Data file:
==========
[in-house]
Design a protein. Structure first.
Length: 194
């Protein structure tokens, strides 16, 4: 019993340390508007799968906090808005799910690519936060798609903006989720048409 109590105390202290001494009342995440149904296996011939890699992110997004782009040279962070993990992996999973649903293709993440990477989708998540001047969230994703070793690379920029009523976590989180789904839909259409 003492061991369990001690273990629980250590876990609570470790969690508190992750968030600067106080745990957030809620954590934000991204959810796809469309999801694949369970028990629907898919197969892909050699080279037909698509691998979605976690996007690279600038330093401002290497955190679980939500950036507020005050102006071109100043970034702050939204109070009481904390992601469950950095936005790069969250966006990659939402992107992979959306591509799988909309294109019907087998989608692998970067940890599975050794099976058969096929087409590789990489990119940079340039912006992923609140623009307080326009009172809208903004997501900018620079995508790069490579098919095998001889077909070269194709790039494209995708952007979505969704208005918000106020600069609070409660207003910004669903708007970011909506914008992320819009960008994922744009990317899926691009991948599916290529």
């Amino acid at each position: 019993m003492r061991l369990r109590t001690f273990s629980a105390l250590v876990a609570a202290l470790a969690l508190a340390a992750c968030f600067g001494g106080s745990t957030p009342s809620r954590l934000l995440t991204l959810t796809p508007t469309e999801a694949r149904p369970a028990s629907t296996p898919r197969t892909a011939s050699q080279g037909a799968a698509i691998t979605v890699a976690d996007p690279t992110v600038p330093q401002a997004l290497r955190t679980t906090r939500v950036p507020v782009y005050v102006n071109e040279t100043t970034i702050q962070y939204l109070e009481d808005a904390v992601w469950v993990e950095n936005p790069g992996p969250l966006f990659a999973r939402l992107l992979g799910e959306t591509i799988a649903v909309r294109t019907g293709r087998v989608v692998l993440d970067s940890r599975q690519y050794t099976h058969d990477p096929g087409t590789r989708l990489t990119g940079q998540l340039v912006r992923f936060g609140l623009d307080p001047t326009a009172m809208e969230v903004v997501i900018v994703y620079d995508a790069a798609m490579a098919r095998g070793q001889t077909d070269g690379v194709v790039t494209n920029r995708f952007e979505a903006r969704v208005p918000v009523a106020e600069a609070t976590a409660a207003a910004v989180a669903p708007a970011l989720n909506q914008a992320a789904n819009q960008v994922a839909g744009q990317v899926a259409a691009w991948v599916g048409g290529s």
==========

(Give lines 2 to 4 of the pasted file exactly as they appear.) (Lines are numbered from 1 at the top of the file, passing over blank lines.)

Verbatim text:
Design a protein. Structure first.
Length: 194
């Protein structure tokens, strides 16, 4: 019993340390508007799968906090808005799910690519936060798609903006989720048409 109590105390202290001494009342995440149904296996011939890699992110997004782009040279962070993990992996999973649903293709993440990477989708998540001047969230994703070793690379920029009523976590989180789904839909259409 003492061991369990001690273990629980250590876990609570470790969690508190992750968030600067106080745990957030809620954590934000991204959810796809469309999801694949369970028990629907898919197969892909050699080279037909698509691998979605976690996007690279600038330093401002290497955190679980939500950036507020005050102006071109100043970034702050939204109070009481904390992601469950950095936005790069969250966006990659939402992107992979959306591509799988909309294109019907087998989608692998970067940890599975050794099976058969096929087409590789990489990119940079340039912006992923609140623009307080326009009172809208903004997501900018620079995508790069490579098919095998001889077909070269194709790039494209995708952007979505969704208005918000106020600069609070409660207003910004669903708007970011909506914008992320819009960008994922744009990317899926691009991948599916290529």